[Ads-l] Antedating of "How Do You Like Them Apples?"

Baker, John JBAKER at STRADLEY.COM
Tue Aug 6 18:26:30 EDT 2019


Arnold Zwicky has a discussion of this rhetorical question on his blog today, https://arnoldzwicky.org/2019/08/06/gloating-over-them-apples/, and it reminded me that I had looked at its origin some years ago.  I decided to take another look.

As I posted in 2012, http://listserv.linguistlist.org/pipermail/ads-l/2012-July/120471.html, the origin appears to be a sort of standardized grammar error, which took the form "I like them apples" or "I don't like them apples."  The student was supposed to correct the error.

Some people had supposed that "how do you like them apples?" derives from the use of "toffee apples," a British term for a kind of anti-tank mortar used in World War I.  That's an unlikely theory on its face, since "how do you like them apples?" appears to be American and, as Jonathan Lighter pointed out, there is no evidence of American usage of "toffee apples" during that period.

The OED has the phrase from 1924.  In my 2012 post, I cited an example from 1919, in a company history of World War I.  Here are two earlier examples from Newspapers.com.

>From The Bryan (Tex.) Eagle, Sept. 26, 1895, as part of an article about the many attractive aspects of Bryan:  "Bryan is the best cotton market in this section of the state and has received more cotton than any other town in this section.  How do you like "them apples?""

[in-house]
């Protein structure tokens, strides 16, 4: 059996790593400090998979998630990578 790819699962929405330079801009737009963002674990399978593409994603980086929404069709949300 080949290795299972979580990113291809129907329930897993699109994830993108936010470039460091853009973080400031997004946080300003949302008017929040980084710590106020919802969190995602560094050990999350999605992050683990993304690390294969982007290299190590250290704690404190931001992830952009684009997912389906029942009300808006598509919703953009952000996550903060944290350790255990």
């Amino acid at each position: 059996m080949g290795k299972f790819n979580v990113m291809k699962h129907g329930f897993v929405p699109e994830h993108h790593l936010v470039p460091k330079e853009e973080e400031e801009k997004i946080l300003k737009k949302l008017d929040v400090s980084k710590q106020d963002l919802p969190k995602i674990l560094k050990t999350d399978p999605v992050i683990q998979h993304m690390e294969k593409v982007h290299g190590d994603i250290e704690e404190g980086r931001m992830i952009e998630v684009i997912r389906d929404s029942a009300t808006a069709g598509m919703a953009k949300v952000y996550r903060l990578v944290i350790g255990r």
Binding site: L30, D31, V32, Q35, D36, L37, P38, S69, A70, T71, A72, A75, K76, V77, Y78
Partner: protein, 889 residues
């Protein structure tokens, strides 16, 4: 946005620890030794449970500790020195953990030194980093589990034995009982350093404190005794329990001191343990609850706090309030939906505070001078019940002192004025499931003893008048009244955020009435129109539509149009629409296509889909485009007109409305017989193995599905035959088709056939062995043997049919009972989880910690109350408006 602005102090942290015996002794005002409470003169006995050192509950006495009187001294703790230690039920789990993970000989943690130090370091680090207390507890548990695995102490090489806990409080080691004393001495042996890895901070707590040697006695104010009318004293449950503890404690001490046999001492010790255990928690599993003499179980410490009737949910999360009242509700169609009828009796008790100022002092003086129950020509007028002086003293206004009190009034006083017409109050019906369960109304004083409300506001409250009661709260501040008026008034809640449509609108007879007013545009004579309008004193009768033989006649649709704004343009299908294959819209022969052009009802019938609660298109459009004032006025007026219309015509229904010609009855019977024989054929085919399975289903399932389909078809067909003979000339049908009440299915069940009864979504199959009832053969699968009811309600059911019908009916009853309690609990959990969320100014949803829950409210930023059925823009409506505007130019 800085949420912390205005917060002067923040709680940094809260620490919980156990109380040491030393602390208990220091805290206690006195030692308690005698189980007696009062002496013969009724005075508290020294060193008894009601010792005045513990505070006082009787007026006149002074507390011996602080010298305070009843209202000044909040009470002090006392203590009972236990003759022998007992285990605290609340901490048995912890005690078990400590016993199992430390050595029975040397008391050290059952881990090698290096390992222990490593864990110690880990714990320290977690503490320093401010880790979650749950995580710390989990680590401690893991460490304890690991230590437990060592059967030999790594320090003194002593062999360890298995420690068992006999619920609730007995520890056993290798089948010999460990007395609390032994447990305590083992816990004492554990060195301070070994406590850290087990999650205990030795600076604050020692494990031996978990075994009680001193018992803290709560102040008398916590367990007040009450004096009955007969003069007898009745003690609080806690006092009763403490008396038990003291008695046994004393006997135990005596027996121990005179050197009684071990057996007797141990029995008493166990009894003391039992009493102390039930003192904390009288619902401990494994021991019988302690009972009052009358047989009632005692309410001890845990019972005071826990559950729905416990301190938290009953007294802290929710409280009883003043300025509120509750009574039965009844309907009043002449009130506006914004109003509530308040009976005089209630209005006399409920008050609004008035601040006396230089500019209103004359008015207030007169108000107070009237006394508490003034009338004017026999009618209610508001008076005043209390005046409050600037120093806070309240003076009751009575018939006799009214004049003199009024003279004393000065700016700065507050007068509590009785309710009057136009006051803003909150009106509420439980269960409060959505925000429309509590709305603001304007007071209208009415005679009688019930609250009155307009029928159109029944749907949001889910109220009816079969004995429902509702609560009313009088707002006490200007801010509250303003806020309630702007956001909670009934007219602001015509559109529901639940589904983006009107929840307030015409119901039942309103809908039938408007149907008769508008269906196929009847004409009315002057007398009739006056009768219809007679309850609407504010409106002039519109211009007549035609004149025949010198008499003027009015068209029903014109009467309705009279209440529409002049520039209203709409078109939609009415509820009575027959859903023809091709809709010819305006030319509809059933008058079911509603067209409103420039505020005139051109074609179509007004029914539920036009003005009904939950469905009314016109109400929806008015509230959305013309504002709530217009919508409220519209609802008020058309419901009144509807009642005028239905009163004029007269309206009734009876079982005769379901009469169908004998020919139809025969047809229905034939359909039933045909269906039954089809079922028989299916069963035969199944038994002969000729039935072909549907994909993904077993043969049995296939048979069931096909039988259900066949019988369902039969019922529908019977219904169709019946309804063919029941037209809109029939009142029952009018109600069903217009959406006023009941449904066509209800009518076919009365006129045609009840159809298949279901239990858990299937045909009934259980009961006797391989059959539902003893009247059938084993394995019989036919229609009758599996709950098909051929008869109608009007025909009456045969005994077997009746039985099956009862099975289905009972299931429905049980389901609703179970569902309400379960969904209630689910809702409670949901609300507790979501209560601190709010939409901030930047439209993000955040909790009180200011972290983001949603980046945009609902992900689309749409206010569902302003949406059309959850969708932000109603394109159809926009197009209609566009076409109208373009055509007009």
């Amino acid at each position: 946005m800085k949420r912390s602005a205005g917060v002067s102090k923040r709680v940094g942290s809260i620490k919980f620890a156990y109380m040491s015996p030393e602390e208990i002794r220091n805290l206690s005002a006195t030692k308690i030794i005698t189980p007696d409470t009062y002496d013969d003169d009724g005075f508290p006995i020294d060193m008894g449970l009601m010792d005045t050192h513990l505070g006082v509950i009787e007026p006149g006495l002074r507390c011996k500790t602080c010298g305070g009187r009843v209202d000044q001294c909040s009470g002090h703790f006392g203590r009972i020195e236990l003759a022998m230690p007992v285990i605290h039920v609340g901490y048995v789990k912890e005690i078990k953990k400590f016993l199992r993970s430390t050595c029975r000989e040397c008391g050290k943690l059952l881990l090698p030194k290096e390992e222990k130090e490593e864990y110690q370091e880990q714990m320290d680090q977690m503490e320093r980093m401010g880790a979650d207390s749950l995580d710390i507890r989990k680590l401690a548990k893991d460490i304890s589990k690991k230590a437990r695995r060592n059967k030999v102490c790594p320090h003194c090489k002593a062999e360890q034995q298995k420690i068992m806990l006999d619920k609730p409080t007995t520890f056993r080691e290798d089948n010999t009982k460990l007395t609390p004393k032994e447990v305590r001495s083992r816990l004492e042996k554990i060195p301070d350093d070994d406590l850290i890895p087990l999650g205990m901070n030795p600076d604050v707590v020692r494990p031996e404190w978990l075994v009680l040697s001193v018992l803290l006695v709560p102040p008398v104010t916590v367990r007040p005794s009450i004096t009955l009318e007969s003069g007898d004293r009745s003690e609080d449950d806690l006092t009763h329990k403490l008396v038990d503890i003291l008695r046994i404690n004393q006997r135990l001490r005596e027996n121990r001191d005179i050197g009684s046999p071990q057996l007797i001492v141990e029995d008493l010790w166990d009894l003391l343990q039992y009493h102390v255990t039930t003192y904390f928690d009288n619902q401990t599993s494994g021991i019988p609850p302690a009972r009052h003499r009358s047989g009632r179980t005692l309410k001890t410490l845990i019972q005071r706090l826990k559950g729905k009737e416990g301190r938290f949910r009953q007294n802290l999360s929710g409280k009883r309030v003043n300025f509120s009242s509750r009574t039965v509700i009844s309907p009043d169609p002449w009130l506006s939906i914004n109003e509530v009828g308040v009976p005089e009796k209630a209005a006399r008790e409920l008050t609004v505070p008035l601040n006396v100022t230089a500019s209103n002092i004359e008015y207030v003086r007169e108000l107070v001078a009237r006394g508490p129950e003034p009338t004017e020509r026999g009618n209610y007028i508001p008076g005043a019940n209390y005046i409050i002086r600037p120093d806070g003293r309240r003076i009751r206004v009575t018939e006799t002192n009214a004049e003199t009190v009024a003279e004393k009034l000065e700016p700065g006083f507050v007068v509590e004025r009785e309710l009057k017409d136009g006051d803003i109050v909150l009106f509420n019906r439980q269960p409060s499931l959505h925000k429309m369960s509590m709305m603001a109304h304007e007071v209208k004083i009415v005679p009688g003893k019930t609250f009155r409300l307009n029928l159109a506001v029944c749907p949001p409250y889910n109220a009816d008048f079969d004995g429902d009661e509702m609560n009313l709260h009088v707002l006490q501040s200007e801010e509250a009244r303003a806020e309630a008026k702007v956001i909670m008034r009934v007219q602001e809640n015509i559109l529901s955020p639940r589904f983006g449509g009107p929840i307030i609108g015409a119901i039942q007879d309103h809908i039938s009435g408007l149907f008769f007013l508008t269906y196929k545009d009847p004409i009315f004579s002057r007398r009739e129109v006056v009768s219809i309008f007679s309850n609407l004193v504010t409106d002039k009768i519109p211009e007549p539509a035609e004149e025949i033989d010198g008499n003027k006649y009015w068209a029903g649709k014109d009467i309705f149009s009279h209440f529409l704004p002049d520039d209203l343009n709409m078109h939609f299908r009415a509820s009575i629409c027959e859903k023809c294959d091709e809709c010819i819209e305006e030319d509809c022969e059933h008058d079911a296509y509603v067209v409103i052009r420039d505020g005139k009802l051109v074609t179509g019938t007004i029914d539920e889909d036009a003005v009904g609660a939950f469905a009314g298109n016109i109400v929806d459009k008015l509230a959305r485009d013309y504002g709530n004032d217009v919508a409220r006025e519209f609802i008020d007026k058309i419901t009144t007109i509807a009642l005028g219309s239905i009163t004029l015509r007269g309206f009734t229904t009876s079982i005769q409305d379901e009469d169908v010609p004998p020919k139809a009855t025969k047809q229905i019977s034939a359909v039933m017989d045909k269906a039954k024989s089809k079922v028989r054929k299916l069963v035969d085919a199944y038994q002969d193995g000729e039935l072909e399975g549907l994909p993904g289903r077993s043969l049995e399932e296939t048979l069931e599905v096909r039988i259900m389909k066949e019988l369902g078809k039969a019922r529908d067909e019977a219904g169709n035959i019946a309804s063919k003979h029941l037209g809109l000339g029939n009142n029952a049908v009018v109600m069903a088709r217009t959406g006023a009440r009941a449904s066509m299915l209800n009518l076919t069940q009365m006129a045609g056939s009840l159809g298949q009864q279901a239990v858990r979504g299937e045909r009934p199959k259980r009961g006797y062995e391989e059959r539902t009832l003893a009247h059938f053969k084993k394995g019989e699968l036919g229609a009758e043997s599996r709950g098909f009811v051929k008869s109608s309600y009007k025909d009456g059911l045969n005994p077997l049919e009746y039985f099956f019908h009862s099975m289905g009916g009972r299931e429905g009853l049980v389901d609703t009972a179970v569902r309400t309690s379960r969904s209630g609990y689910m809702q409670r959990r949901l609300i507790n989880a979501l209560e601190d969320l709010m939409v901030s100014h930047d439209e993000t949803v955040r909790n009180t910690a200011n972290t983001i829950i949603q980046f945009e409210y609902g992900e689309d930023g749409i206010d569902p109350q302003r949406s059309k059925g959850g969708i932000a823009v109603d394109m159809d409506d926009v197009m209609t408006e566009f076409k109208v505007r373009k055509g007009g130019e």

>From The Ogden (Utah) Standard, July 8, 1918, in a letter from a member of the American expeditionary force, mail service branch:  "As to the war, you probably know more about it over there than we do - and besides, we are not allowed to write very much about it.  It is par bon.  How do you like that French - or, as they say over here, 'How do you like them apples?'"

So the phrase dates at least to 1895, but seems to have become more popular among American soldiers serving in World War I.


John Baker



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